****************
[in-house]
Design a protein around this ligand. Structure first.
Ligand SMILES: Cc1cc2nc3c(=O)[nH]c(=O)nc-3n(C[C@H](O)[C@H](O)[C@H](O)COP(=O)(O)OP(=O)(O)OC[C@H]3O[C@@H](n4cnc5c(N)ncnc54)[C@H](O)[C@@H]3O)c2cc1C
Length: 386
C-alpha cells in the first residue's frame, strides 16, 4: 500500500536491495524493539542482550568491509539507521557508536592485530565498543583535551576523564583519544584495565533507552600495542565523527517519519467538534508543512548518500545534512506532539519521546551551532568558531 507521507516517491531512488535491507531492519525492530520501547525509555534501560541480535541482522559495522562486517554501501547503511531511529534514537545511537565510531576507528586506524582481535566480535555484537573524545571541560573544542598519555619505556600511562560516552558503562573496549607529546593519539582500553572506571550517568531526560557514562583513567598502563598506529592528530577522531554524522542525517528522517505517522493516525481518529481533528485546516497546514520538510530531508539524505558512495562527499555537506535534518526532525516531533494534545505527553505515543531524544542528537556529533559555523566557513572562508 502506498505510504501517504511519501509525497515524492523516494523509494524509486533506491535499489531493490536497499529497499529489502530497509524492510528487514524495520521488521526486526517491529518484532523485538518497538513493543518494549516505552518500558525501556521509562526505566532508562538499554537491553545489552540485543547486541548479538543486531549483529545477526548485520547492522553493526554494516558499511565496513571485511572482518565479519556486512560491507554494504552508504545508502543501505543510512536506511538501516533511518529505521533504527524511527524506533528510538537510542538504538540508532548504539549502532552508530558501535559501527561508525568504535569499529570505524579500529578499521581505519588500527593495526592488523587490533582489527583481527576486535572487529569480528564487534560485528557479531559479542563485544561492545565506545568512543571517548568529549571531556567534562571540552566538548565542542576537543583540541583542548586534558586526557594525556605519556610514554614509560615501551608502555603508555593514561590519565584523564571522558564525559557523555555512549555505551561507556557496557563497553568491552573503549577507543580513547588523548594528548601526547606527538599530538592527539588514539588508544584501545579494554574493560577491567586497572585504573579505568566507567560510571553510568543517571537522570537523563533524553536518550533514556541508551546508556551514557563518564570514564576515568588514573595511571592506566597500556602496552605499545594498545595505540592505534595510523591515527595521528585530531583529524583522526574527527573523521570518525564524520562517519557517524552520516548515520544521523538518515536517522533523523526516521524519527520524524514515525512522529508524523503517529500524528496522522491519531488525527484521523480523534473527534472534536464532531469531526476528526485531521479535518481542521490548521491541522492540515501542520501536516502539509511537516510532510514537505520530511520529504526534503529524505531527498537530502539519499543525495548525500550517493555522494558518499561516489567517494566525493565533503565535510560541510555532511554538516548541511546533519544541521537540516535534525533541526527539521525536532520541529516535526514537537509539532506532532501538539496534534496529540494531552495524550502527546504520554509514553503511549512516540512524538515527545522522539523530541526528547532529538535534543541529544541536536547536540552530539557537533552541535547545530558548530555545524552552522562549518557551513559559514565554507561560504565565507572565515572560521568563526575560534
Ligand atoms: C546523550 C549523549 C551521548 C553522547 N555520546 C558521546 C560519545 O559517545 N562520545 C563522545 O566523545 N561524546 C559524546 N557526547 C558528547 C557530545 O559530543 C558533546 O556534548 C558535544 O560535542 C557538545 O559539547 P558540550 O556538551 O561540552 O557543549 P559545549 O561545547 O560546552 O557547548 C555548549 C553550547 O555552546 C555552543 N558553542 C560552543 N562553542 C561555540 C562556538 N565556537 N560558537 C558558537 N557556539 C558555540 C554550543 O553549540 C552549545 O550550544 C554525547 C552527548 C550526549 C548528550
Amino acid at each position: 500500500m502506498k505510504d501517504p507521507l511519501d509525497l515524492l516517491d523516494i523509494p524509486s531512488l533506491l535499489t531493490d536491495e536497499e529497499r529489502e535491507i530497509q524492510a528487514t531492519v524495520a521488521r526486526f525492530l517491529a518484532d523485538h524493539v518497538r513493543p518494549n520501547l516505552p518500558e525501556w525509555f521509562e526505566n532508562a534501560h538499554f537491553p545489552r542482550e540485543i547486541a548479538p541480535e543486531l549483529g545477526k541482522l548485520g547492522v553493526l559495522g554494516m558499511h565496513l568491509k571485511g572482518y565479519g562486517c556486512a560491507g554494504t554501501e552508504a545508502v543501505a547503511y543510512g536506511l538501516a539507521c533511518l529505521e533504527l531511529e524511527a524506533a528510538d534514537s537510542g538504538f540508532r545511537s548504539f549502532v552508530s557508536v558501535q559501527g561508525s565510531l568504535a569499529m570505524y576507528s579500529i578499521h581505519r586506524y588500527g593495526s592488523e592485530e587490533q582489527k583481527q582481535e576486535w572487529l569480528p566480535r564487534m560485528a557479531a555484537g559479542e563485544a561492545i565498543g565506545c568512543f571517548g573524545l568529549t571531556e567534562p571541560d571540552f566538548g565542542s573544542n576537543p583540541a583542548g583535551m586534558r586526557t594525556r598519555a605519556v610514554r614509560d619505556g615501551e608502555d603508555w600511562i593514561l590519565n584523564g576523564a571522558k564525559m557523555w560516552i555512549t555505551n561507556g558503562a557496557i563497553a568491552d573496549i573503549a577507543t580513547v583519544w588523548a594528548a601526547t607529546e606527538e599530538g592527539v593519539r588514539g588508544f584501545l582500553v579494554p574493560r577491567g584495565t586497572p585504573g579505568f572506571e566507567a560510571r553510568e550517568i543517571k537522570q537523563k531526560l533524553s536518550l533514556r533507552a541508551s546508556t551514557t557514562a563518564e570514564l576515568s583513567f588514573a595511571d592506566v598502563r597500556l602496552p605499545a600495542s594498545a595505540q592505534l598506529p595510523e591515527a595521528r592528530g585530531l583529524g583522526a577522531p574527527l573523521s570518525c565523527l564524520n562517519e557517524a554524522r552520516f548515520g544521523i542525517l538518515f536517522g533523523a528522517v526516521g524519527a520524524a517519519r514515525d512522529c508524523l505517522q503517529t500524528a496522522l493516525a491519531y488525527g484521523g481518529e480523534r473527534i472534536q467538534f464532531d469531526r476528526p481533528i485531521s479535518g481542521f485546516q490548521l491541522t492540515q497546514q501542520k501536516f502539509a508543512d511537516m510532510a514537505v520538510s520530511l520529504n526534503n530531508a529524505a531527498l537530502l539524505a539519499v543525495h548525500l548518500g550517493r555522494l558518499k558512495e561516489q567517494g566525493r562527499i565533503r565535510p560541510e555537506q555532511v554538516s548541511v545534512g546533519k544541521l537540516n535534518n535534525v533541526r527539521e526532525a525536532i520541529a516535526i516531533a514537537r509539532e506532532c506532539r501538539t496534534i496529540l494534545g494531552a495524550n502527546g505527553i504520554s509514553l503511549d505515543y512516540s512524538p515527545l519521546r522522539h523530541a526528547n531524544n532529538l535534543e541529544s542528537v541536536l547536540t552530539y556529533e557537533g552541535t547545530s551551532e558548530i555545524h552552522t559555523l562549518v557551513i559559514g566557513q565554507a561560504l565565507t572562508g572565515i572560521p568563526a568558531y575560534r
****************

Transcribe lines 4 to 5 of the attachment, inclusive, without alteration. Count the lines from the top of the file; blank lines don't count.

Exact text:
Length: 386
C-alpha cells in the first residue's frame, strides 16, 4: 500500500536491495524493539542482550568491509539507521557508536592485530565498543583535551576523564583519544584495565533507552600495542565523527517519519467538534508543512548518500545534512506532539519521546551551532568558531 507521507516517491531512488535491507531492519525492530520501547525509555534501560541480535541482522559495522562486517554501501547503511531511529534514537545511537565510531576507528586506524582481535566480535555484537573524545571541560573544542598519555619505556600511562560516552558503562573496549607529546593519539582500553572506571550517568531526560557514562583513567598502563598506529592528530577522531554524522542525517528522517505517522493516525481518529481533528485546516497546514520538510530531508539524505558512495562527499555537506535534518526532525516531533494534545505527553505515543531524544542528537556529533559555523566557513572562508 502506498505510504501517504511519501509525497515524492523516494523509494524509486533506491535499489531493490536497499529497499529489502530497509524492510528487514524495520521488521526486526517491529518484532523485538518497538513493543518494549516505552518500558525501556521509562526505566532508562538499554537491553545489552540485543547486541548479538543486531549483529545477526548485520547492522553493526554494516558499511565496513571485511572482518565479519556486512560491507554494504552508504545508502543501505543510512536506511538501516533511518529505521533504527524511527524506533528510538537510542538504538540508532548504539549502532552508530558501535559501527561508525568504535569499529570505524579500529578499521581505519588500527593495526592488523587490533582489527583481527576486535572487529569480528564487534560485528557479531559479542563485544561492545565506545568512543571517548568529549571531556567534562571540552566538548565542542576537543583540541583542548586534558586526557594525556605519556610514554614509560615501551608502555603508555593514561590519565584523564571522558564525559557523555555512549555505551561507556557496557563497553568491552573503549577507543580513547588523548594528548601526547606527538599530538592527539588514539588508544584501545579494554574493560577491567586497572585504573579505568566507567560510571553510568543517571537522570537523563533524553536518550533514556541508551546508556551514557563518564570514564576515568588514573595511571592506566597500556602496552605499545594498545595505540592505534595510523591515527595521528585530531583529524583522526574527527573523521570518525564524520562517519557517524552520516548515520544521523538518515536517522533523523526516521524519527520524524514515525512522529508524523503517529500524528496522522491519531488525527484521523480523534473527534472534536464532531469531526476528526485531521479535518481542521490548521491541522492540515501542520501536516502539509511537516510532510514537505520530511520529504526534503529524505531527498537530502539519499543525495548525500550517493555522494558518499561516489567517494566525493565533503565535510560541510555532511554538516548541511546533519544541521537540516535534525533541526527539521525536532520541529516535526514537537509539532506532532501538539496534534496529540494531552495524550502527546504520554509514553503511549512516540512524538515527545522522539523530541526528547532529538535534543541529544541536536547536540552530539557537533552541535547545530558548530555545524552552522562549518557551513559559514565554507561560504565565507572565515572560521568563526575560534